The Mayfield Filipina Affinity Group has been awarded a prestigious grant to establish an educational and cultural exchange program with students in the Philippines who are survivors of human trafficking and children of former commercial sex workers.
In selecting the proposal, the National Coalition of Girls’ Schools (NCGS) lauded the reciprocal nature of Mayfield students’ vision that “will raise issues of diversity, build relationships through listening and shared experiences, and enhance cultural identity, leadership skills, and personal growth for each girl involved,” said NCGS Executive Director Megan Murphy.
Mayfield is only the third school to have been awarded the $1,000 Moulton Student Global Citizen Grant from the NCGS, an international organization of more than 250 K-12 girls’ schools.
“NCGS is thrilled to award the Moulton Grant to such a worthy and fitting project," Ms. Murphy said.
Established by Megan Moulton, NCGS co-founder, the grant aims to help girls develop leadership, fortify their strategic thinking and enhance their global mindfulness by developing empathy and respect for others.
Head of School Kate Morin said the Mayfield students’ “creativity, determination and deep sense of empathy to really get to know, in a meaningful way, students in the Philippines is a living example of our Holy Child ‘Actions Not Words’ philosophy.”
“I couldn’t be prouder,” said Mrs. Morin of this international honor.
Director of Campus Ministry Teri Gonzales came across the grant announcement and presented the idea to the girls, who were instantly inspired and excited about the prospect of reaching out to girls of their own culture.
Ms. Gonzales, aware of the work at the Maria Droste Training Center from her past ministry experiences in the Philippines, thought it was a perfect match for the goals the outlined in the grant. She helped Mayfield students make connections with the school in Banawa Hills, Cebu City.
“We immediately said yes!” said Julia Domingo ‘21, who spearheaded the Mayfield application. “I was so excited to have this opportunity to maybe make a difference in our affinity and represent the Filipina community at Mayfield.”
After a week of intense planning with their faculty advisors, the students submitted their application just four minutes short of the deadline. Several weeks later they found out their “maybe” application had won the award.
Students quickly turned their accolades into action.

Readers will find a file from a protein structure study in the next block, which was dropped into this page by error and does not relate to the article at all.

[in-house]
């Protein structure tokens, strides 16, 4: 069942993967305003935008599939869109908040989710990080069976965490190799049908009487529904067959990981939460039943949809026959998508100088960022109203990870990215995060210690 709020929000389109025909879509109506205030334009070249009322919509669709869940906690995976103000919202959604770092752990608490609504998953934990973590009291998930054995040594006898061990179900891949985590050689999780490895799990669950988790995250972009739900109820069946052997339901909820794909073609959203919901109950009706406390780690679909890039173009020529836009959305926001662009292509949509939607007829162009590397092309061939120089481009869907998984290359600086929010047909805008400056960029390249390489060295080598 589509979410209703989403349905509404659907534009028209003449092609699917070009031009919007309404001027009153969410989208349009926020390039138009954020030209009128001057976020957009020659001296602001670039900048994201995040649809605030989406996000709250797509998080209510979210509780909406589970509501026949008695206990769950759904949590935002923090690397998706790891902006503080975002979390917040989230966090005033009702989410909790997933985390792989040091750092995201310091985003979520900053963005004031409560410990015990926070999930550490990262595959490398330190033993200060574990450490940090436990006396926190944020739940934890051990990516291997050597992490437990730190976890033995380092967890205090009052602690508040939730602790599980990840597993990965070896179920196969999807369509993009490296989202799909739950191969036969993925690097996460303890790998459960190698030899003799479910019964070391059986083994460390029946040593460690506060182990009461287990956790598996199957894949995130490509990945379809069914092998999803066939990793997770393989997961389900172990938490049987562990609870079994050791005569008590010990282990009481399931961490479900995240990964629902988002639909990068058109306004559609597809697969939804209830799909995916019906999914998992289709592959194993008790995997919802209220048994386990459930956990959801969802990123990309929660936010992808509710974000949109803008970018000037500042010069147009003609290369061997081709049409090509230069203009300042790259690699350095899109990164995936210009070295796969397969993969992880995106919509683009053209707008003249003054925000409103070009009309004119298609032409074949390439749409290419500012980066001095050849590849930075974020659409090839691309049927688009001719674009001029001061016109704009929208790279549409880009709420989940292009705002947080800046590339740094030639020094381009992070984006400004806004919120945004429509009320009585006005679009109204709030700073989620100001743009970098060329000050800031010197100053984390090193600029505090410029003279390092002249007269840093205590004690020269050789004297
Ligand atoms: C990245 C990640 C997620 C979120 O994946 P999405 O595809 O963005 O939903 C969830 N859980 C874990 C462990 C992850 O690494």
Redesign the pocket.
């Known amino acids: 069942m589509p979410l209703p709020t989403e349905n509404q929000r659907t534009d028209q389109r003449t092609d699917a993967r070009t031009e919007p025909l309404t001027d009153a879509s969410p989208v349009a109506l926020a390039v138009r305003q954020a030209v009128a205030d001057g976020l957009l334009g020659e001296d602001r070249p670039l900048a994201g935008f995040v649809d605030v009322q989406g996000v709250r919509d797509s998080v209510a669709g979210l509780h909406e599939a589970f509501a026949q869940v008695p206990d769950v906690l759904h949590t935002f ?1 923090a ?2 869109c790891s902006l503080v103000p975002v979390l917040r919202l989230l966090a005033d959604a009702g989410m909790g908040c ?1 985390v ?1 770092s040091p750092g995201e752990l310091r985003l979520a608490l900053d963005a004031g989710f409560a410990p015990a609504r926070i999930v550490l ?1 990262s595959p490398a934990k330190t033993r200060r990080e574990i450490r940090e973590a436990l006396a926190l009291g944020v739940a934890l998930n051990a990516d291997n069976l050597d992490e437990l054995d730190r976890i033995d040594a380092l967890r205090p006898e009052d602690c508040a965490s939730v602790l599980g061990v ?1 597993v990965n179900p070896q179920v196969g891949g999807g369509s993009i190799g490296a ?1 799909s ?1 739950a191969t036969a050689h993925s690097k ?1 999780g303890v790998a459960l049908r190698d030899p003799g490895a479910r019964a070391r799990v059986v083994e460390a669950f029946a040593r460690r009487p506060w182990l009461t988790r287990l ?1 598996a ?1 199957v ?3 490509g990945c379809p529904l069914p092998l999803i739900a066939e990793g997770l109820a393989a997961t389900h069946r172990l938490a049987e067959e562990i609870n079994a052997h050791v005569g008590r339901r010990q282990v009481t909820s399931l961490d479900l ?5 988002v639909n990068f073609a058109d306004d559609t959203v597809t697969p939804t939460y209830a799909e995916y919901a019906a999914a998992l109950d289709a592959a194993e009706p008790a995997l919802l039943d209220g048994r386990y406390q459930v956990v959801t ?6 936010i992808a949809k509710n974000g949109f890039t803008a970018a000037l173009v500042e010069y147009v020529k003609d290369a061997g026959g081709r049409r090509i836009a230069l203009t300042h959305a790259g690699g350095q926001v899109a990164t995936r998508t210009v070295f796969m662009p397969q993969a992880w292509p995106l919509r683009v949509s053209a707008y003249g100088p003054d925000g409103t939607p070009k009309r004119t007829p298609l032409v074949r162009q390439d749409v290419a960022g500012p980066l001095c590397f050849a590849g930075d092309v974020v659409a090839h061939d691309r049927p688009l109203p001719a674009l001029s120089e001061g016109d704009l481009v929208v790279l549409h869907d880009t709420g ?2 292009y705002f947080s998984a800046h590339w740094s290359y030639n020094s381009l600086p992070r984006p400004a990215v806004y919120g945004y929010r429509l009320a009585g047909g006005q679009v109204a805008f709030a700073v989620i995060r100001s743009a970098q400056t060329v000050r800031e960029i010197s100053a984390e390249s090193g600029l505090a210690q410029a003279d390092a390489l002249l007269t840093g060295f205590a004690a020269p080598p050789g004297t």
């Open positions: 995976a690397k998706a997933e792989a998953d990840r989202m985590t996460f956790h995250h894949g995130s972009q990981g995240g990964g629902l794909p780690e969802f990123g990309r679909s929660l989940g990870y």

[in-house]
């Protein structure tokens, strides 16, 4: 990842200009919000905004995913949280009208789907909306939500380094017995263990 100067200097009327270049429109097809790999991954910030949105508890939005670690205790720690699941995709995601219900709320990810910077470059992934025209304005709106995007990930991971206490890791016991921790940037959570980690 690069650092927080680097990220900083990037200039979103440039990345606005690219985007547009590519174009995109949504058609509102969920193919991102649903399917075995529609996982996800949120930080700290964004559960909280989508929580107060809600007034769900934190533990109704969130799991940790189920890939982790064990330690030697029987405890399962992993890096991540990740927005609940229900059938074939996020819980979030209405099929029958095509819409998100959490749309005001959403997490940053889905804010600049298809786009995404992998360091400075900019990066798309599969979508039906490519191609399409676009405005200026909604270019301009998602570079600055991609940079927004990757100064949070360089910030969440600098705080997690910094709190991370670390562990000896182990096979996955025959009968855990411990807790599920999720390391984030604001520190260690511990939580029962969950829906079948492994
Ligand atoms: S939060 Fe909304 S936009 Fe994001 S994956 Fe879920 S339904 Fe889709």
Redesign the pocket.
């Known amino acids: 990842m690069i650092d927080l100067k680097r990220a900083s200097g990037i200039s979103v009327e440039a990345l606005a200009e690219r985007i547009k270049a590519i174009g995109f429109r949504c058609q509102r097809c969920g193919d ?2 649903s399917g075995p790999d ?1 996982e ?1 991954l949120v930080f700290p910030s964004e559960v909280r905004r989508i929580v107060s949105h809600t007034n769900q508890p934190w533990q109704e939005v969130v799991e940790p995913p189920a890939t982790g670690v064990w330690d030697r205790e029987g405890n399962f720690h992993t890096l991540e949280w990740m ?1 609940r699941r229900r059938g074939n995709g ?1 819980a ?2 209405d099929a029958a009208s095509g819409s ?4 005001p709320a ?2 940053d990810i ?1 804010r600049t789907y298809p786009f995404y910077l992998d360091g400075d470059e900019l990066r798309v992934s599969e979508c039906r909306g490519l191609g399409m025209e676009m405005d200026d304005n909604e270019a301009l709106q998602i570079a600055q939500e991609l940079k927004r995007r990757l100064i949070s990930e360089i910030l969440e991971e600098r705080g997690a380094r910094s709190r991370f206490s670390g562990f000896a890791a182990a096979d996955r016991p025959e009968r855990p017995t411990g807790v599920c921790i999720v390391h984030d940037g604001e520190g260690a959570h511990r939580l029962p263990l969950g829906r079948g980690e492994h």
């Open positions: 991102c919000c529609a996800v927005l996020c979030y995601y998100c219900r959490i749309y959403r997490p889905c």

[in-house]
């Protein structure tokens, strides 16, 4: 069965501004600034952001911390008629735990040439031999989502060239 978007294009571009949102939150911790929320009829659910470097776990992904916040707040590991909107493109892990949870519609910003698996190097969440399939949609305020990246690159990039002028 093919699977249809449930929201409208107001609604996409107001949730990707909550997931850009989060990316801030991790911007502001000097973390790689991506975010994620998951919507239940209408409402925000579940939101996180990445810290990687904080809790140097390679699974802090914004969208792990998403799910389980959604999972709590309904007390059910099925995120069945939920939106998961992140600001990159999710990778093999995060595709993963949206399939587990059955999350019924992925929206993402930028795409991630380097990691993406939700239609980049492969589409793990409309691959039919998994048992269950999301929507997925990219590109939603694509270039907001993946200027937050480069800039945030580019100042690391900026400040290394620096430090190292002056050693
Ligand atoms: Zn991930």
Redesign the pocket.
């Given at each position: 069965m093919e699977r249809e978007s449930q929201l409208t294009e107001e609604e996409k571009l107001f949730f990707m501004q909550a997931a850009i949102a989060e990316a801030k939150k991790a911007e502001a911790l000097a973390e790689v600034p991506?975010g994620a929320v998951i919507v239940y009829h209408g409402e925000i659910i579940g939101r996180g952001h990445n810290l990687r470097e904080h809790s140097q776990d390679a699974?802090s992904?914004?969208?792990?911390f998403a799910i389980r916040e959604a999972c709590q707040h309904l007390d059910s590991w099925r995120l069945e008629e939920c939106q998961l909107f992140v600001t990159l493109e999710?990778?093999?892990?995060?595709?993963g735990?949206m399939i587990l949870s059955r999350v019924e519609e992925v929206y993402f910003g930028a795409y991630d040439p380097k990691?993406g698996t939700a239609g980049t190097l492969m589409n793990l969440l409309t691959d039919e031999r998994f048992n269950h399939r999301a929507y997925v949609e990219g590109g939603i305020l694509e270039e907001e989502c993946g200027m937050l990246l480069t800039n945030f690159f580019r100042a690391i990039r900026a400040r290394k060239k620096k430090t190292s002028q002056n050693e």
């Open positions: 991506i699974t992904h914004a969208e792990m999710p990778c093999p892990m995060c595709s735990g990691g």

Only days after celebrating the honor, the group gathered at lunch to begin brainstorming how they will build relationships with their Filipina counterparts.
They will use the grant money to fulfill equipment and software needs in the classroom, upgrading their platforms to accommodate QuickTime video lessons and FlipGrid video discussions. This will effectively create a virtual, global classroom. The technology allows the students to connect, converse and learn from one another—emojis and stickers included!
To hear Mayfield students talk about the project is to understand how the meaning of mutual respect and understanding is unfolding in their lives. Originally, the sophomore girls thought they could help the Filipina students with English and math. But given that the other students are already studying these subjects, they turned to a topic that is universal and relevant to all teens—health and wellness.
“I feel that because we are all Filipina we can relate to each other already,” Julia said. “And because we are all teenagers, we face the same struggles, the same social challenges, emotional issues, especially with the stress of school.”
Kimberly Gomez, co-advisor of the group, explained that “we have something special at Mayfield with Formation of Self,” the groundbreaking personal development and wellness curriculum. The four-year program has been praised nationally for integrating life-skills, mental health and wellness issues and mindfulness through seminars with experts in the field.
The girls mapped out lessons on teen communication, stress vs. anxiety, healthy vs. toxic relationships, and how to regain confidence after a difficult time. They assigned tasks and envisioned introductory video tours of their schools. They decided they would use first names only to respect the privacy of their counterparts. And objective No. 1—no homework, just exchanges.
In turn, our girls hoped the Filipina students could share their gift of the Tagalog language.
“We really want to learn Tagalog so they know how proud we are of our heritage,” said Rebecca Lara ’21. “We want to learn more about it from them so it will always be a part of who we are.”
They are hoping for their first “virtual meeting” in about two months.
“We are going to evolve and continue this and include more people,” Julia said. “This is just the start-up for us!”